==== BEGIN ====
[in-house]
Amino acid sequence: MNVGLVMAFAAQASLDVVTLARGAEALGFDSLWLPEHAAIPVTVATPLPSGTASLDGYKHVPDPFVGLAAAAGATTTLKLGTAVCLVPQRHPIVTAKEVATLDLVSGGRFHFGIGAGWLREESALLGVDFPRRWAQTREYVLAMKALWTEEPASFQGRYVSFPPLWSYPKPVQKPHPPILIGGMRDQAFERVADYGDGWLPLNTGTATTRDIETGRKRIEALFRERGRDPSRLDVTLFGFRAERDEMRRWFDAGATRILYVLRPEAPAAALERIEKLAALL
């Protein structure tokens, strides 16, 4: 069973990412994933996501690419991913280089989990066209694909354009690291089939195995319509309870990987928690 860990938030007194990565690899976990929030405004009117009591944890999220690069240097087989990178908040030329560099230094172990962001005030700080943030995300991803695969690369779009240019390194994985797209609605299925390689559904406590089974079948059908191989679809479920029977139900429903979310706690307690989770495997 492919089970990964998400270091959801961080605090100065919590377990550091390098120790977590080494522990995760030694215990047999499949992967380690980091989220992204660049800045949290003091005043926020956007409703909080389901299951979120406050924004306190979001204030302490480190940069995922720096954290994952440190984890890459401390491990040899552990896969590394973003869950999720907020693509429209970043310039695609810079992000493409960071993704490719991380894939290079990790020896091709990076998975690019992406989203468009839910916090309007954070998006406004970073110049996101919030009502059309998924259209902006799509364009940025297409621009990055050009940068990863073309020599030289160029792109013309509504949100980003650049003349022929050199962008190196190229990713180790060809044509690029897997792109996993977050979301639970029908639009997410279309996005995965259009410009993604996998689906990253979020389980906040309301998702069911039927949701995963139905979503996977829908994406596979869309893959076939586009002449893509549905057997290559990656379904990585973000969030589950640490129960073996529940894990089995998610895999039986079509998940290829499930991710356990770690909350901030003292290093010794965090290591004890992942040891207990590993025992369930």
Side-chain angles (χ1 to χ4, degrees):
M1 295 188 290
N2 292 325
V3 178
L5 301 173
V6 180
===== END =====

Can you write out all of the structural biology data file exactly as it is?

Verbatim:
[in-house]
Amino acid sequence: MNVGLVMAFAAQASLDVVTLARGAEALGFDSLWLPEHAAIPVTVATPLPSGTASLDGYKHVPDPFVGLAAAAGATTTLKLGTAVCLVPQRHPIVTAKEVATLDLVSGGRFHFGIGAGWLREESALLGVDFPRRWAQTREYVLAMKALWTEEPASFQGRYVSFPPLWSYPKPVQKPHPPILIGGMRDQAFERVADYGDGWLPLNTGTATTRDIETGRKRIEALFRERGRDPSRLDVTLFGFRAERDEMRRWFDAGATRILYVLRPEAPAAALERIEKLAALL
């Protein structure tokens, strides 16, 4: 069973990412994933996501690419991913280089989990066209694909354009690291089939195995319509309870990987928690 860990938030007194990565690899976990929030405004009117009591944890999220690069240097087989990178908040030329560099230094172990962001005030700080943030995300991803695969690369779009240019390194994985797209609605299925390689559904406590089974079948059908191989679809479920029977139900429903979310706690307690989770495997 492919089970990964998400270091959801961080605090100065919590377990550091390098120790977590080494522990995760030694215990047999499949992967380690980091989220992204660049800045949290003091005043926020956007409703909080389901299951979120406050924004306190979001204030302490480190940069995922720096954290994952440190984890890459401390491990040899552990896969590394973003869950999720907020693509429209970043310039695609810079992000493409960071993704490719991380894939290079990790020896091709990076998975690019992406989203468009839910916090309007954070998006406004970073110049996101919030009502059309998924259209902006799509364009940025297409621009990055050009940068990863073309020599030289160029792109013309509504949100980003650049003349022929050199962008190196190229990713180790060809044509690029897997792109996993977050979301639970029908639009997410279309996005995965259009410009993604996998689906990253979020389980906040309301998702069911039927949701995963139905979503996977829908994406596979869309893959076939586009002449893509549905057997290559990656379904990585973000969030589950640490129960073996529940894990089995998610895999039986079509998940290829499930991710356990770690909350901030003292290093010794965090290591004890992942040891207990590993025992369930």
Side-chain angles (χ1 to χ4, degrees):
M1 295 188 290
N2 292 325
V3 178
L5 301 173
V6 180